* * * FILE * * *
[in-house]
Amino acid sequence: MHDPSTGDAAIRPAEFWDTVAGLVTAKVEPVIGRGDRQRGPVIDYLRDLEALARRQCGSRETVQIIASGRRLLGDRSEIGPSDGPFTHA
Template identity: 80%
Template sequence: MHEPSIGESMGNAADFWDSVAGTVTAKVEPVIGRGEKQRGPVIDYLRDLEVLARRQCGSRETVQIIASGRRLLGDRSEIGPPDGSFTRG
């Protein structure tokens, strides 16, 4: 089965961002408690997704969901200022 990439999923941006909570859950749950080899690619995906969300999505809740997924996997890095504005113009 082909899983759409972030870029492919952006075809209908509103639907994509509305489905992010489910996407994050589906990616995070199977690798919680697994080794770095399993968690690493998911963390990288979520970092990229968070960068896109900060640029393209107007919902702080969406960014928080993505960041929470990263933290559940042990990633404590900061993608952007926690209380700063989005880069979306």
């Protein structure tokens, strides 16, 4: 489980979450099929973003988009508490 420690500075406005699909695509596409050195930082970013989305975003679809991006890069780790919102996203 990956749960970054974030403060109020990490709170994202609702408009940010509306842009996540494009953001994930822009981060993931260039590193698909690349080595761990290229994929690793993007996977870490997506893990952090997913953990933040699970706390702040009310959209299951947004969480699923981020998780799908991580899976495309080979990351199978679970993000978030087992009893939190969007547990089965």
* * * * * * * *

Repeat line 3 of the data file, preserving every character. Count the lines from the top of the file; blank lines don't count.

Template identity: 80%